A new study conducted in the United Kingdom finds women who have abortions are 34 percent more likely to deliver a baby prematurely when they become pregnant the next time and to suffer from other pregnancy complications.
Sohinee Bhattacharya, who led the research at the University of Aberdeen, examined more than 1 million pregnancies in Scotland over 26 years and he found that women who have one abortion increase their risk of premature birth in a subsequent pregnancy 34 percent. Women who have a historic risk of giving birth prematurely up that risk another 73 percent when they have an abortion.
The risk is increased enough, because of the abortion, that 10 percent of all women who have an abortion will give birth prematurely in their subsequent pregnancy that they carry to term, the researchers found.
The results, first reported Tuesday in the London Times, show the risk of premature birth in a pregnancy following an abortion increases substantially when women have more than one abortion. For the hundreds of British women who have four abortions or more, 20 percent of all women seeing to give birth will deliver prematurely, and premature births lead to an increase in the risk of newborn children having physical or mental disabilities.
According to the Times, the study also found that, when it comes to premature birth, surgical abortions are more troublesome for women than abortions using the dangerous RU 486 abortion drug (which has killed dozens of women and injured more than 1,100 in the United States alone). The results indicate women having surgical abortions are 27 percent more likely to have give birth prematurely.
Because of the previous abortion, the study also found women, in a next pregnancy, suffer from higher risks of stillbirth and pre-eclampsia, the blood pressure disorder that can further increase the risk of premature birth and occasionally threaten the lives of mothers and children.
Bhattacharya told the Times that the risk of premature birth associated with an abortion is “something that should be brought to the notice of women.” She presented the results of the study with Professor Siladitya Bhattacharya at the European Society of Human Reproduction and Embryology conference in Stockholm, Sweden on Monday.
According to the newspaper the study involved Scottish women aged 15-55 who had two pregnancies between 1981 and 2007, with 171,208 women having a second pregnancy following an abortion, 458,337 who had a second pregnancy after giving birth, and 458,339 women pregnant for the first time.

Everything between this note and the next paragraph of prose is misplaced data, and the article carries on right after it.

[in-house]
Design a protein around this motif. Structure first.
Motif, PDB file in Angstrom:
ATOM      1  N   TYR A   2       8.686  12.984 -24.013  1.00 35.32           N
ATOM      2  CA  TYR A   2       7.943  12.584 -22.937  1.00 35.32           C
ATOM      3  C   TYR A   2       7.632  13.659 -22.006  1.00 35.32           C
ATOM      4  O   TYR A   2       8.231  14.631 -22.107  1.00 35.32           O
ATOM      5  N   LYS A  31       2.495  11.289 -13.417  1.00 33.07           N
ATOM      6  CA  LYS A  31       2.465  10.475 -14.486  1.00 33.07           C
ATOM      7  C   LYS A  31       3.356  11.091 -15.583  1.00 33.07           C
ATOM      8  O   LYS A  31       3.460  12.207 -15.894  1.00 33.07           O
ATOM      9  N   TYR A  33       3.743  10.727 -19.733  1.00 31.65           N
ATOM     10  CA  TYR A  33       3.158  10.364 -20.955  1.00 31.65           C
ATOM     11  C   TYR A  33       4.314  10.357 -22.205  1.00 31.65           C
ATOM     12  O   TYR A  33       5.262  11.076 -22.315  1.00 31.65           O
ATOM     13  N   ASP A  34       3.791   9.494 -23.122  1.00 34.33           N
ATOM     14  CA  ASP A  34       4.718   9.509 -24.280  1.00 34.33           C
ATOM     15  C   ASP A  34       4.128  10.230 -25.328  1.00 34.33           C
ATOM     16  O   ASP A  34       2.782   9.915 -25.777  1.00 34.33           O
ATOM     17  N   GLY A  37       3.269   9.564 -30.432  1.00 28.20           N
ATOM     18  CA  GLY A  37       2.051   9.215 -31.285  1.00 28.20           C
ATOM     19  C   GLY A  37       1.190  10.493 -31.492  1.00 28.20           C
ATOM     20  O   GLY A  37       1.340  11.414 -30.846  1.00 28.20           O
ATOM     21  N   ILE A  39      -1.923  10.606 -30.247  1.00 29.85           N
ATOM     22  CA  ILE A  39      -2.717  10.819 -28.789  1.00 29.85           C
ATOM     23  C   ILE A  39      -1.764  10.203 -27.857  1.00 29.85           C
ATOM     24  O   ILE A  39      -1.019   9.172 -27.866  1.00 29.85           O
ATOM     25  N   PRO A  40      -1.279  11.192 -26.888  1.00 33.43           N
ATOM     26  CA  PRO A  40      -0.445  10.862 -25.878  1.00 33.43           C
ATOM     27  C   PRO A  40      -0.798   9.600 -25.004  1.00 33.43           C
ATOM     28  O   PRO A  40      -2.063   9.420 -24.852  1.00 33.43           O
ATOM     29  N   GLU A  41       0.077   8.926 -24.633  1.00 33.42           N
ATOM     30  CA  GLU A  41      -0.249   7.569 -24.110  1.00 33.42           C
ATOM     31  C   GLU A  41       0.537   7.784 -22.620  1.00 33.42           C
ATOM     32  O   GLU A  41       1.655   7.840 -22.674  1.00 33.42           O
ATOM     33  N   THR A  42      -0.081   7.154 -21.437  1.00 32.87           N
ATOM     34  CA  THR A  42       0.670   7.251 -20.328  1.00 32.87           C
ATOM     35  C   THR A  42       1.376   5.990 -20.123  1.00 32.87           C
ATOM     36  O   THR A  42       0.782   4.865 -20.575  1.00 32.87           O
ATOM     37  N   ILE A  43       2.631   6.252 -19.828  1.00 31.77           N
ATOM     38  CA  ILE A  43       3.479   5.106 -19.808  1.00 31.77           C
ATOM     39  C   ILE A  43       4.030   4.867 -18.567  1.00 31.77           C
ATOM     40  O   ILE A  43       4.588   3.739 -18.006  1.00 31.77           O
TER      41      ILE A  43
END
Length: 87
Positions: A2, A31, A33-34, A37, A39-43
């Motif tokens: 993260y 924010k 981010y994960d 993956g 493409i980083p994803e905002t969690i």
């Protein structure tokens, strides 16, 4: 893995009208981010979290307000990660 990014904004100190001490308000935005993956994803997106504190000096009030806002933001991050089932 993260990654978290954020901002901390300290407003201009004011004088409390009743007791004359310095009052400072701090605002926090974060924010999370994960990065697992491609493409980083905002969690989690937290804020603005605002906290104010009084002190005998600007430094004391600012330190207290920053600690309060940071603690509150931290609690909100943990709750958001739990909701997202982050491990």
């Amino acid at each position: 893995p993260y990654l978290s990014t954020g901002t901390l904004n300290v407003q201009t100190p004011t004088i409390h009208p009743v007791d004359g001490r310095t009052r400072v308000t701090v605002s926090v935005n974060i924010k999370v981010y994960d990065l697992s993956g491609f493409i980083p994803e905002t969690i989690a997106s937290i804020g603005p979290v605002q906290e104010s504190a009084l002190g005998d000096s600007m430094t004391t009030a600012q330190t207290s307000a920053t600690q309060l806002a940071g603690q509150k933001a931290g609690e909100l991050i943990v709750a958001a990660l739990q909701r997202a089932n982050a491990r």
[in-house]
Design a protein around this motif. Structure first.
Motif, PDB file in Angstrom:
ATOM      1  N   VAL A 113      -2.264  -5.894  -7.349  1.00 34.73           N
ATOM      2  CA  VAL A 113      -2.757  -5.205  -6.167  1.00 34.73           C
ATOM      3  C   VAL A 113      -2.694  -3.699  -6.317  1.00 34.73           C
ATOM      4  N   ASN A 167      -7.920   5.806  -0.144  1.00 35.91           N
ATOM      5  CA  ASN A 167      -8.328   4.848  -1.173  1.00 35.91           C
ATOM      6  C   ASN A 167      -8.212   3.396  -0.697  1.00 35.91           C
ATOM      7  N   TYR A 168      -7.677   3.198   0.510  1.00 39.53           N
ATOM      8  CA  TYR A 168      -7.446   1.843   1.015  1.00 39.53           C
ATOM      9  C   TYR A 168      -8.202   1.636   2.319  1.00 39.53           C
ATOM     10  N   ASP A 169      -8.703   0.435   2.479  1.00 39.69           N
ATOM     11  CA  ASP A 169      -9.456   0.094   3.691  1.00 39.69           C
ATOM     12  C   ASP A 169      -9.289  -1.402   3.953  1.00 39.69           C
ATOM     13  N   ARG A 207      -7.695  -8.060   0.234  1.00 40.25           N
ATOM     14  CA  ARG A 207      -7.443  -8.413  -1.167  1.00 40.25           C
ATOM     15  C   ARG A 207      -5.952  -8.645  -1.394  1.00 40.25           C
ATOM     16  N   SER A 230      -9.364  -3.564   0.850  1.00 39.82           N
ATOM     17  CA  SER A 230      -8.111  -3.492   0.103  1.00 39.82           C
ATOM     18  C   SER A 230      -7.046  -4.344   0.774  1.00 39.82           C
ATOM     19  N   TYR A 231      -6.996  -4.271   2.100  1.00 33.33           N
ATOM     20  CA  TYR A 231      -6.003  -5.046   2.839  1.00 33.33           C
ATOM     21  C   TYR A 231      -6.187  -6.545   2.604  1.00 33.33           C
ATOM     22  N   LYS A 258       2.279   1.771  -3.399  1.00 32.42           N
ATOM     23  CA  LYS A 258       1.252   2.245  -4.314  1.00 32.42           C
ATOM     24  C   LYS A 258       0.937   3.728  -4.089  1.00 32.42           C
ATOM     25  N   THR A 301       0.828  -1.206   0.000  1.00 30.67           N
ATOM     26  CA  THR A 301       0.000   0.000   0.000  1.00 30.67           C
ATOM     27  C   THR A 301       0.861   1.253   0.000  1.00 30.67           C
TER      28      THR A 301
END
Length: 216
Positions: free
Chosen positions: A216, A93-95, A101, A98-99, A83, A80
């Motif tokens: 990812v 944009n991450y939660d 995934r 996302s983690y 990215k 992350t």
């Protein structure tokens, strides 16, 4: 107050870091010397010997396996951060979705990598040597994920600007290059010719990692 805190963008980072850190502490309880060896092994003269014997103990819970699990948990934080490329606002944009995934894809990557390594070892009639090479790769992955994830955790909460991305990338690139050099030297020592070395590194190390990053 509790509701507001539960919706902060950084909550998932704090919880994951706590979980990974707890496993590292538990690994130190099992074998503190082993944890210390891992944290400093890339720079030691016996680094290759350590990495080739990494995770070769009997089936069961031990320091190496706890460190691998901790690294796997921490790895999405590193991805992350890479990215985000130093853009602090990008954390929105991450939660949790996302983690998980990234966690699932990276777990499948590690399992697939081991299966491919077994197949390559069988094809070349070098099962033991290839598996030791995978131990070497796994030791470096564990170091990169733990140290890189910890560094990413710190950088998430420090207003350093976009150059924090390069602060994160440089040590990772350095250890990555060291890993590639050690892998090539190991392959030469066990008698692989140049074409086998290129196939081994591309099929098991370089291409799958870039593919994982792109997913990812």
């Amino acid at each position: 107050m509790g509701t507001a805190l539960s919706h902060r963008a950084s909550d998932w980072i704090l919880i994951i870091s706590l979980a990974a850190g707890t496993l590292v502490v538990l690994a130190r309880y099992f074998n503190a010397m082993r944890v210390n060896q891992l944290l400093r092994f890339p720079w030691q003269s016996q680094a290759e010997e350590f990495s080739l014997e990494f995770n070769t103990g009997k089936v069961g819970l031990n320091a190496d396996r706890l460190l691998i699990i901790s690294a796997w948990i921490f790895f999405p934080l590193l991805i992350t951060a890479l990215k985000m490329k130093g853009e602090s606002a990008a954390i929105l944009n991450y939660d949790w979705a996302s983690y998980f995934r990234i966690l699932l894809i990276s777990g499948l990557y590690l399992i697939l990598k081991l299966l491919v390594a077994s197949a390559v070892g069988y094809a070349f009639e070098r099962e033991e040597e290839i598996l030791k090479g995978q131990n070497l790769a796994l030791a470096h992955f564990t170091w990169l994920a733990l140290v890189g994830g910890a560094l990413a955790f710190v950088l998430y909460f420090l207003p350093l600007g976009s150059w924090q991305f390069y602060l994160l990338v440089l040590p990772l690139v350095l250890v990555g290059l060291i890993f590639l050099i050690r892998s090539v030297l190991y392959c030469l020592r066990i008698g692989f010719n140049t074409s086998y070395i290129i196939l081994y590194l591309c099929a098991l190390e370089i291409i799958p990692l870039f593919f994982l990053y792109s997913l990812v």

Josephine Quintavalle, of the ProLife Alliance responded to the study, and told the newspaper, “This is the most compelling evidence to date of the health impact of abortion on future pregnancies. Whatever one’s position on the ethics of abortion, it is more than obvious that alerting patients to the very real and incremental risks of future miscarriage should now be an essential part of informed consent protocols.”
Peter Saunders, the head of the Christian Medical Fellowship, a UK-based organization with 4,500 UK doctors and 1,000 medical students as members, also commented on the results.
“There are actually at least 119 articles in the world literature already attesting to an association between abortion and premature birth, and very few indeed that contest the association (see below). So why is this new study a news story?” he says. “What makes it news is the fact that this is the first major British study on the subject – as it is virtually impossible to do research on the health consequences of abortion in this country because abortion authorization forms do not carry NHS patient numbers (a story in itself!)”
“I wonder how long it will be before the first mother with a prior abortion brings a case against a doctor or health authority for not being told that she was at increased risk of having a premature baby in a subsequent pregnancy. Especially if that baby suffers one of the more severe and expensive complications of prematurity,” he adds.
According to the American Association of Pro-Life Obstetricians and Gynecologists, “One of the most egregious educational omissions from current medical education/residency program, or just plain from the American medical literature in general, is the association of induced abortion with subsequent preterm birth. It is a kind of ‘denial by silence.”
“There are at least 119 articles in the world literature attesting to this association, and very few indeed that contest the association,” AAPLOG says of the abortion-premature birth link.
In a paper published in the British Journal of Obstetrics and Gynaecology in 2009, a Canadian research team examined data from 37 studies and found that having a prior abortion increased the risk of subsequent preterm birth by 35 percent, while having more than one prior abortion increased the risk by 93 percent.
Another paper published in 2009 found that found that having a previous abortion raised a woman’s relative odds of having a subsequent birth at less than 32 weeks by 64 percent.
Further, as far back as 2006 the Institute of Medicine included “prior first trimester abortion” on a list of risk factors associated with premature birth. However, as Brent Rooney, Director of Research for the Reduce Preterm Birth Coalition, has pointed out, abortions continue to be performed despite the strong evidence of risks—and in the absence of any evidence showing the procedure to be harmless.